As we know the character Mrs. Mallard finally enjoyed how joyful it was to have freedom and viewed the world with a fresh outlook, but suddenly all of her dreams broke up, and this caused her death. She actually died of shock when she saw that her husband wasn’t dead after all, and all her new freedom was not to be. She would be referred to the prison of her life as a Victorian wife. The ending greatly satirized that not all women wanted to be dominated by their husband and society.
The narrator knows that she is not too well and that John - her husband does not realize the intensity of her sickness, he ignores her continuous efforts to make him aware of the real situation and her suffering. To make the situation worse he imposes his opinions on her even when it comes to her health. This story shows us the life and the thoughts of the narrator which lead her to be free, but go out of her mind in the sense of the real world. This story is written as if the narrator is writing it. The narrator is sick and her husband has made her a study project, She is continuously watched and thus she has no privacy.
As the narrator mentions after her husband John, a physician, examines her, “he does not believe I am sick!”(1). Because her husband has no medical evidence that she is indeed sick, he doesn’t take her seriously, believing that she is making up her illness even though she tells him she does not feel well... ... middle of paper ... ...her own life and treatment in question. As a result, her husband’s, and ultimately societies, view towards women intensified her postpartum depression, which may have been very mild. In addition, she is pushed to the edge of the world like a child as well as living her life as one. Her confinement due to stereotypical patriarchal views of her simply because she is a woman leads to hysteria, which ultimately demonstrates that it is through the lack of equality for women and more specifically the narrator of this story that leads to a tragic outcome.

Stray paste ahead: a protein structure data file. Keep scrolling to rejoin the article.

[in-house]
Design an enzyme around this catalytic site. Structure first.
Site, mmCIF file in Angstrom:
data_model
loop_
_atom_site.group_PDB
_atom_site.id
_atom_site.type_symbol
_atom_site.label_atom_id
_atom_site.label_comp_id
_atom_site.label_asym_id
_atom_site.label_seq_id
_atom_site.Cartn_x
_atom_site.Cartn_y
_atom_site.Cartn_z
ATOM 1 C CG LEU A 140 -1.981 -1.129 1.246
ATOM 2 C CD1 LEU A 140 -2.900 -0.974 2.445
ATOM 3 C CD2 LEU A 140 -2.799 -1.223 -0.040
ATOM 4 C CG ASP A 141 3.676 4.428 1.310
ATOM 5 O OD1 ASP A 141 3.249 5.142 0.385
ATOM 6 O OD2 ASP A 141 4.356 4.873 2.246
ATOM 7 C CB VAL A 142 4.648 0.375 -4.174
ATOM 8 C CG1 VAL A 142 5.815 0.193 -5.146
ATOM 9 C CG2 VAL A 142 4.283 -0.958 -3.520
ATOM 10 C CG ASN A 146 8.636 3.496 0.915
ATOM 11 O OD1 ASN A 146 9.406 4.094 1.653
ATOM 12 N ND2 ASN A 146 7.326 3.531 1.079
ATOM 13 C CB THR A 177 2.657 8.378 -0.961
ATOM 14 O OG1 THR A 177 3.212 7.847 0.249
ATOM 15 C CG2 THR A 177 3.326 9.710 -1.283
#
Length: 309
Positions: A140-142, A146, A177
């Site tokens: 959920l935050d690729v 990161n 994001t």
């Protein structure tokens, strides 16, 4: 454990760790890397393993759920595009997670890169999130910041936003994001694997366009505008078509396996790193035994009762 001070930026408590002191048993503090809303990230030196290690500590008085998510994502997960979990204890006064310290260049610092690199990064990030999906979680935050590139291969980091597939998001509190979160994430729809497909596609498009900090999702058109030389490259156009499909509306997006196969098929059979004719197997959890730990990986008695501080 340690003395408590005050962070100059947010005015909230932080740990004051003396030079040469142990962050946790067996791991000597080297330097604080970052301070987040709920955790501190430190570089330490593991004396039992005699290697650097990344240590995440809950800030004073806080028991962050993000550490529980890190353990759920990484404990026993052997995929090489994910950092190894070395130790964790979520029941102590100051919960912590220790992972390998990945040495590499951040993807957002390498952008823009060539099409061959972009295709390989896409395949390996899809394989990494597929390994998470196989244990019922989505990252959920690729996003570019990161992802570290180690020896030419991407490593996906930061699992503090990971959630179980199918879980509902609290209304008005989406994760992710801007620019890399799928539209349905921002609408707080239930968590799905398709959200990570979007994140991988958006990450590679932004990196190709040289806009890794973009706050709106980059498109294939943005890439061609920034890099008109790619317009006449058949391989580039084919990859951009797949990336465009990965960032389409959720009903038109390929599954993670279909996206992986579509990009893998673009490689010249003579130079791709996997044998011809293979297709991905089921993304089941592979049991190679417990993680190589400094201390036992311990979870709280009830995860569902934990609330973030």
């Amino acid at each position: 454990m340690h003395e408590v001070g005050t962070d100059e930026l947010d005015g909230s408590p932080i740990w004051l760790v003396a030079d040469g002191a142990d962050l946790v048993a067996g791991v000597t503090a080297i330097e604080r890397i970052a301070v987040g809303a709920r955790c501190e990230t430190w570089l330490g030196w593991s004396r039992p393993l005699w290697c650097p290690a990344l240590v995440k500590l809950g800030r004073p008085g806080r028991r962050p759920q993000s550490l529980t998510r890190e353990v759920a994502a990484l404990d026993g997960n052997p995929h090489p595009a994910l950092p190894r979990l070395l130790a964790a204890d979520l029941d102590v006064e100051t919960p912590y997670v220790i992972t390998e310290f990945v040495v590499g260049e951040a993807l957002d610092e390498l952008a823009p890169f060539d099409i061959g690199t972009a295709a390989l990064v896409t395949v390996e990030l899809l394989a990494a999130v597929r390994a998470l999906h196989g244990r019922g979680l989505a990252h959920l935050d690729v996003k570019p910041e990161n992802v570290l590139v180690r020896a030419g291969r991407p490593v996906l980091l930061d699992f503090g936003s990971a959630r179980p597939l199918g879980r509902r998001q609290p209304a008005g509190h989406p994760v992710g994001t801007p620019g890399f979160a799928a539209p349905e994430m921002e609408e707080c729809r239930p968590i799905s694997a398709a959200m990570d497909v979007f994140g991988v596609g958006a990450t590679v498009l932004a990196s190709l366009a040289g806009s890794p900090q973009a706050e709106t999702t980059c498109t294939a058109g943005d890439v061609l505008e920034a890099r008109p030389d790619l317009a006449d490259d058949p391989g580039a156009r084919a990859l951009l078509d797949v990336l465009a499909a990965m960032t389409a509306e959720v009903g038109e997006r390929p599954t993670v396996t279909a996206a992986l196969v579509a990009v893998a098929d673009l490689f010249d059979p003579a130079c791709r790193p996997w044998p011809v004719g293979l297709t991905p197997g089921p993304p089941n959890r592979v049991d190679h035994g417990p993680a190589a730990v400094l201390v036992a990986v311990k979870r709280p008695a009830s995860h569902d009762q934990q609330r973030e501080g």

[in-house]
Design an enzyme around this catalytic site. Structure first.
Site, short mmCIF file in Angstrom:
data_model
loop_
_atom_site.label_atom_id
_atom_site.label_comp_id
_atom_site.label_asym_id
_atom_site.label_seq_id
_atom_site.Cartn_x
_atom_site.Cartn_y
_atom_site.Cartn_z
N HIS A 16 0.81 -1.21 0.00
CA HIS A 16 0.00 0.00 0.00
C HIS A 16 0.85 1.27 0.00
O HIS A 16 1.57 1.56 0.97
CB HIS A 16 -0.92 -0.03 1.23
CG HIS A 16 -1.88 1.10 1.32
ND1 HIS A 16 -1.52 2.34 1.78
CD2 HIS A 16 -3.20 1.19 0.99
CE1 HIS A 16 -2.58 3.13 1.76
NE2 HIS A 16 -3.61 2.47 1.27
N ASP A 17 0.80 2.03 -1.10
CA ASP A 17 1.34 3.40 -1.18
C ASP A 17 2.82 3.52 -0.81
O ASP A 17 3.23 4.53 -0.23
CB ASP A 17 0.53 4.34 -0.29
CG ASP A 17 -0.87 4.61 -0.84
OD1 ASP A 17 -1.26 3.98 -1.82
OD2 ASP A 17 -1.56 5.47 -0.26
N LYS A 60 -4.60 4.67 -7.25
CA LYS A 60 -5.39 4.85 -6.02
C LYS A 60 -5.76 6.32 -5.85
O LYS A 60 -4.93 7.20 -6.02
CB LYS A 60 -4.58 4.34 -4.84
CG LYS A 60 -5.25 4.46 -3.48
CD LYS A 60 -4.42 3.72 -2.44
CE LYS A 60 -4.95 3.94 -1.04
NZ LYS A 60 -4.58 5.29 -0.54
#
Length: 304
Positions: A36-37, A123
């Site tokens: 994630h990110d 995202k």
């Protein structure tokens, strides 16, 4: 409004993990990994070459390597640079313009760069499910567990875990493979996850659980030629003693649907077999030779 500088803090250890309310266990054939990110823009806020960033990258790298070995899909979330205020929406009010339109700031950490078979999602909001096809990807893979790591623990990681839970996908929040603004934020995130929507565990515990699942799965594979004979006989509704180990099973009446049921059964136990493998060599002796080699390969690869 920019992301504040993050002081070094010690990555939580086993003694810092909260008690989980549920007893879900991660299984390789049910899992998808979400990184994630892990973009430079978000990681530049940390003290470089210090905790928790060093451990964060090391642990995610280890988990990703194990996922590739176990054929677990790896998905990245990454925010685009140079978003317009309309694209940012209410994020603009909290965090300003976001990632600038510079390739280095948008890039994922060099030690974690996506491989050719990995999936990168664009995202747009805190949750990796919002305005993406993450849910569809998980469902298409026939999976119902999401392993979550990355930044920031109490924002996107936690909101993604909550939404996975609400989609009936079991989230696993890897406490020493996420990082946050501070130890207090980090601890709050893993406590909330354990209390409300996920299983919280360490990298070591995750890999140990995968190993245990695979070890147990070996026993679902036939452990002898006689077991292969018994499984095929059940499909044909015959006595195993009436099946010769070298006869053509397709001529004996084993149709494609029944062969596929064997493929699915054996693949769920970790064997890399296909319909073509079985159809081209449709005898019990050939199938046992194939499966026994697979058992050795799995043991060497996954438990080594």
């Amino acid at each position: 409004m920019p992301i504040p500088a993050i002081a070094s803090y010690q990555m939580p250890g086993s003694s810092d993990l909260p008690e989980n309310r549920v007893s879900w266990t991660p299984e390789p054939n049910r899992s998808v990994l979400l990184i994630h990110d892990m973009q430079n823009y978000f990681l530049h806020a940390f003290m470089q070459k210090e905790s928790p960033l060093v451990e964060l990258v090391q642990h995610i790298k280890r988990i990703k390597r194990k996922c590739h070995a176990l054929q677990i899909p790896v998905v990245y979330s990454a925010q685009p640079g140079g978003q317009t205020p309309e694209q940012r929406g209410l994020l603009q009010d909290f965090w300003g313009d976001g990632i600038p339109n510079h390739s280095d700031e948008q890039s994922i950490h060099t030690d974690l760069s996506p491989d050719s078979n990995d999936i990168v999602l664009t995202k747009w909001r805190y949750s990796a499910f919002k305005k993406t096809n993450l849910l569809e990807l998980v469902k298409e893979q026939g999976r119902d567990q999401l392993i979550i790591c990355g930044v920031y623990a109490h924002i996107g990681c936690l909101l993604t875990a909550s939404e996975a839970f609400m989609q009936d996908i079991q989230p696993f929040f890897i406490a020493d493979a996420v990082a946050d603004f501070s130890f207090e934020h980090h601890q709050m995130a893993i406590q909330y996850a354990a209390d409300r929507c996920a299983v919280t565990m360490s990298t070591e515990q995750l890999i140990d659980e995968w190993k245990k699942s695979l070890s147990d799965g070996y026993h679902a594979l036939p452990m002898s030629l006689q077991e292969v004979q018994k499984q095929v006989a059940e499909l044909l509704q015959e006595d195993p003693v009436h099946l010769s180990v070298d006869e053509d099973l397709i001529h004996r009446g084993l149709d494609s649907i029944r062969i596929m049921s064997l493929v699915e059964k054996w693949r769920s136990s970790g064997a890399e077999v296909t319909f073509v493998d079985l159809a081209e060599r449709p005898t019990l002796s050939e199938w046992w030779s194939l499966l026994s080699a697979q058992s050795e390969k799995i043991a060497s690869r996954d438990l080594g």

Her opinions and physical activity is constantly oppressed and dismissed by the husband. The story portrays John’s dominance over his wife. As well, her deteriorating sanity is evidence that the male discourse is not superior and, therefore, enforces feminist pedagogy. In addition, the environment in which the wife is oppressed represents the dominance forced upon her by her husband. The feminist literary lens addresses the imprisonment of women, and the imbalance of power between the two genders.
During the 1890’s married women had little to no freedom or rights, the men controlled the life of the women, therefore marriage was often viewed as imprisonment and a burden. The chains of marriage would change women’s perception of reality, causing women to often question their importance in this male driven world. Kate Chopin’s Story of an Hour and Charlotte PerkinsStenson’s The Yellow Wallpaper captures the views of these oppressed women very efficiently by using devices such as symbolism, imagery and irony, both tales center around one woman and her fall from reality and life due to the shackles of marriage. Both authors used symbolism to reflect their point of views on marriage, in The Story of an Hour, Chopin states that Mallard suffered